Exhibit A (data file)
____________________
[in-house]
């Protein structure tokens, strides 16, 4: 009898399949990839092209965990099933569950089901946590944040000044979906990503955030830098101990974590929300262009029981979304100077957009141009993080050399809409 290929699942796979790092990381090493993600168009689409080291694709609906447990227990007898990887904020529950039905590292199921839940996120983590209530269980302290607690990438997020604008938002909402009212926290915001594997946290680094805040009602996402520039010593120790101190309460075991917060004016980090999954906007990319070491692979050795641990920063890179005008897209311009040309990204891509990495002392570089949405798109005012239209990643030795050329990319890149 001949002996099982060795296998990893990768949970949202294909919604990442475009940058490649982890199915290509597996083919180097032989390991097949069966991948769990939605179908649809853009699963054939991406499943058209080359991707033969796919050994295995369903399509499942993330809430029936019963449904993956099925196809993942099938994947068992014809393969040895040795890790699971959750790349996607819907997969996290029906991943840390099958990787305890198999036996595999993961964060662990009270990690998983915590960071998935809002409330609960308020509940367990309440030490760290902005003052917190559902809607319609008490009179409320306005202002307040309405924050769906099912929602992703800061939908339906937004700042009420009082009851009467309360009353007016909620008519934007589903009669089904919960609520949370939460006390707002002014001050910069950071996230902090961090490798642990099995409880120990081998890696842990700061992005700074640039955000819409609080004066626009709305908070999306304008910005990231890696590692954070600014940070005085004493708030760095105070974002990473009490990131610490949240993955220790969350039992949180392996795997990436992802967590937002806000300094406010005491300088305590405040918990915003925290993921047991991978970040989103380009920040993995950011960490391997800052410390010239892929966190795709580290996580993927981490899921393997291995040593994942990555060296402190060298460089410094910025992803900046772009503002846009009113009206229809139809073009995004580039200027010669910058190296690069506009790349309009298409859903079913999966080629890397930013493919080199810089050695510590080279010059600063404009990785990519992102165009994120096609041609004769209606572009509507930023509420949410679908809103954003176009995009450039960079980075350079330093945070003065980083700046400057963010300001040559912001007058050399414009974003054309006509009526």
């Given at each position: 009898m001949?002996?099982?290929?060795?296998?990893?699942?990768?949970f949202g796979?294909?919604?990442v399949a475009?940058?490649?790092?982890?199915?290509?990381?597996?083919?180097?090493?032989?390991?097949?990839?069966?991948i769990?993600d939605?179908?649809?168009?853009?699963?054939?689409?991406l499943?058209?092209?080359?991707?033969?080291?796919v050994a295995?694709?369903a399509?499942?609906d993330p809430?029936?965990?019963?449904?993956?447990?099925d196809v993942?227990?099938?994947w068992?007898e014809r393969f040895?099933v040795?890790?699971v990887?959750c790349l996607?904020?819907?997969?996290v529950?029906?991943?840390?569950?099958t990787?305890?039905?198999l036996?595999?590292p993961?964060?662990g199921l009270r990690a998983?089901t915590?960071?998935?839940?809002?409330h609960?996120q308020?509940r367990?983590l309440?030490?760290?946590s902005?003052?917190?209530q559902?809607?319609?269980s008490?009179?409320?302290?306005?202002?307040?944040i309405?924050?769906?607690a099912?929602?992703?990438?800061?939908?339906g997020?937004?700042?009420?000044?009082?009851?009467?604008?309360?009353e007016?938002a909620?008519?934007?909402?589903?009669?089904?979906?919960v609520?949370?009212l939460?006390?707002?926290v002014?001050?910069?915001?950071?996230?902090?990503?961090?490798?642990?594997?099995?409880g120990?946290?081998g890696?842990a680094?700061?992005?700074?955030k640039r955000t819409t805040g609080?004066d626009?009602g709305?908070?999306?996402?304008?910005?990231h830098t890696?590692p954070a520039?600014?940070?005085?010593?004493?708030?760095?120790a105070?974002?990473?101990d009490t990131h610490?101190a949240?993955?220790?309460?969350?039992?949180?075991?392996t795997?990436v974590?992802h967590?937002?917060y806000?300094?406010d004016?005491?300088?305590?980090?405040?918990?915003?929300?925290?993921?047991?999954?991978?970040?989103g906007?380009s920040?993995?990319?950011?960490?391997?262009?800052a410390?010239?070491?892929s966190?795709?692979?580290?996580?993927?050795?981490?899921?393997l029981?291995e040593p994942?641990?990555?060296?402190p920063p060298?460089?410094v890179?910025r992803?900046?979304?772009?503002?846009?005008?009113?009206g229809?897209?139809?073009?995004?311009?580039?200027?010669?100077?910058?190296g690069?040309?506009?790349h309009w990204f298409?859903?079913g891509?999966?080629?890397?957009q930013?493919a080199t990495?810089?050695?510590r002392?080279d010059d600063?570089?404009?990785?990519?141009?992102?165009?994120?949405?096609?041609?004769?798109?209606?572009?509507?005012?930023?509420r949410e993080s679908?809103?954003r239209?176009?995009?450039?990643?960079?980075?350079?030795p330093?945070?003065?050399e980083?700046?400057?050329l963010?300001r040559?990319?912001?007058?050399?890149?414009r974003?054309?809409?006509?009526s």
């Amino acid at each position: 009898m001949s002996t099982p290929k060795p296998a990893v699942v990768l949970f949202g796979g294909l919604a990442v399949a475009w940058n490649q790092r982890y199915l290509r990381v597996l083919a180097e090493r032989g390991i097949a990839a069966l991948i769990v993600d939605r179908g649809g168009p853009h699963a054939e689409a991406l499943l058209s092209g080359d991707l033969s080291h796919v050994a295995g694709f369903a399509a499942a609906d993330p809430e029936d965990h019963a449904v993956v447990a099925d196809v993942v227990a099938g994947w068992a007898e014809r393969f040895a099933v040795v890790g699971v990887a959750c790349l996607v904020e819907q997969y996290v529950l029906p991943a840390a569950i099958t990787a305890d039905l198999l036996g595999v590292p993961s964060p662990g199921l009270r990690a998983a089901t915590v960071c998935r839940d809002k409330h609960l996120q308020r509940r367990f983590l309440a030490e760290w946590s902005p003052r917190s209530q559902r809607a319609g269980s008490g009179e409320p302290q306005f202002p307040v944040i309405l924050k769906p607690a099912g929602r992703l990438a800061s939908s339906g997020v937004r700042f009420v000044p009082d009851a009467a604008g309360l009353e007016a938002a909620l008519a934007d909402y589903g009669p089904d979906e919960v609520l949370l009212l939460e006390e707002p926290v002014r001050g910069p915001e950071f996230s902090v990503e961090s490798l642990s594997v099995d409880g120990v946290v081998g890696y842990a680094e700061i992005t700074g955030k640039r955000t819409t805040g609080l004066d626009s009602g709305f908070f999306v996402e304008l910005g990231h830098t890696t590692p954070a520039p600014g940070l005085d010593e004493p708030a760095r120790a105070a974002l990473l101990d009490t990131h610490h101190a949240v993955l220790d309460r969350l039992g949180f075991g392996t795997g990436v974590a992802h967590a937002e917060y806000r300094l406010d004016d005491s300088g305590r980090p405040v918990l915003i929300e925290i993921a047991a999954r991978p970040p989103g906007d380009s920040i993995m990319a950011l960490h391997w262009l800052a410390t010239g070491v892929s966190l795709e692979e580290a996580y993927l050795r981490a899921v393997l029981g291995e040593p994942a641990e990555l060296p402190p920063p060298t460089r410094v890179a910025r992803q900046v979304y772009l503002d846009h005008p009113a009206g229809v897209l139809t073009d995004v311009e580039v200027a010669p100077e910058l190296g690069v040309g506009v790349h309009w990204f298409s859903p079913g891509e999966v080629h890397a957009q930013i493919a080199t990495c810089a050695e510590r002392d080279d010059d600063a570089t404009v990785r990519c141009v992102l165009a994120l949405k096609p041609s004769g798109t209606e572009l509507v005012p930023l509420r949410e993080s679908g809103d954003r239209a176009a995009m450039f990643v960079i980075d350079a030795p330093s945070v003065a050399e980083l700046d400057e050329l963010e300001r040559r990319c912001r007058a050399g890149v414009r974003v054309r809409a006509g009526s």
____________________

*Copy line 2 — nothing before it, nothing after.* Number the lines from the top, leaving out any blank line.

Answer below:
């Protein structure tokens, strides 16, 4: 009898399949990839092209965990099933569950089901946590944040000044979906990503955030830098101990974590929300262009029981979304100077957009141009993080050399809409 290929699942796979790092990381090493993600168009689409080291694709609906447990227990007898990887904020529950039905590292199921839940996120983590209530269980302290607690990438997020604008938002909402009212926290915001594997946290680094805040009602996402520039010593120790101190309460075991917060004016980090999954906007990319070491692979050795641990920063890179005008897209311009040309990204891509990495002392570089949405798109005012239209990643030795050329990319890149 001949002996099982060795296998990893990768949970949202294909919604990442475009940058490649982890199915290509597996083919180097032989390991097949069966991948769990939605179908649809853009699963054939991406499943058209080359991707033969796919050994295995369903399509499942993330809430029936019963449904993956099925196809993942099938994947068992014809393969040895040795890790699971959750790349996607819907997969996290029906991943840390099958990787305890198999036996595999993961964060662990009270990690998983915590960071998935809002409330609960308020509940367990309440030490760290902005003052917190559902809607319609008490009179409320306005202002307040309405924050769906099912929602992703800061939908339906937004700042009420009082009851009467309360009353007016909620008519934007589903009669089904919960609520949370939460006390707002002014001050910069950071996230902090961090490798642990099995409880120990081998890696842990700061992005700074640039955000819409609080004066626009709305908070999306304008910005990231890696590692954070600014940070005085004493708030760095105070974002990473009490990131610490949240993955220790969350039992949180392996795997990436992802967590937002806000300094406010005491300088305590405040918990915003925290993921047991991978970040989103380009920040993995950011960490391997800052410390010239892929966190795709580290996580993927981490899921393997291995040593994942990555060296402190060298460089410094910025992803900046772009503002846009009113009206229809139809073009995004580039200027010669910058190296690069506009790349309009298409859903079913999966080629890397930013493919080199810089050695510590080279010059600063404009990785990519992102165009994120096609041609004769209606572009509507930023509420949410679908809103954003176009995009450039960079980075350079330093945070003065980083700046400057963010300001040559912001007058050399414009974003054309006509009526």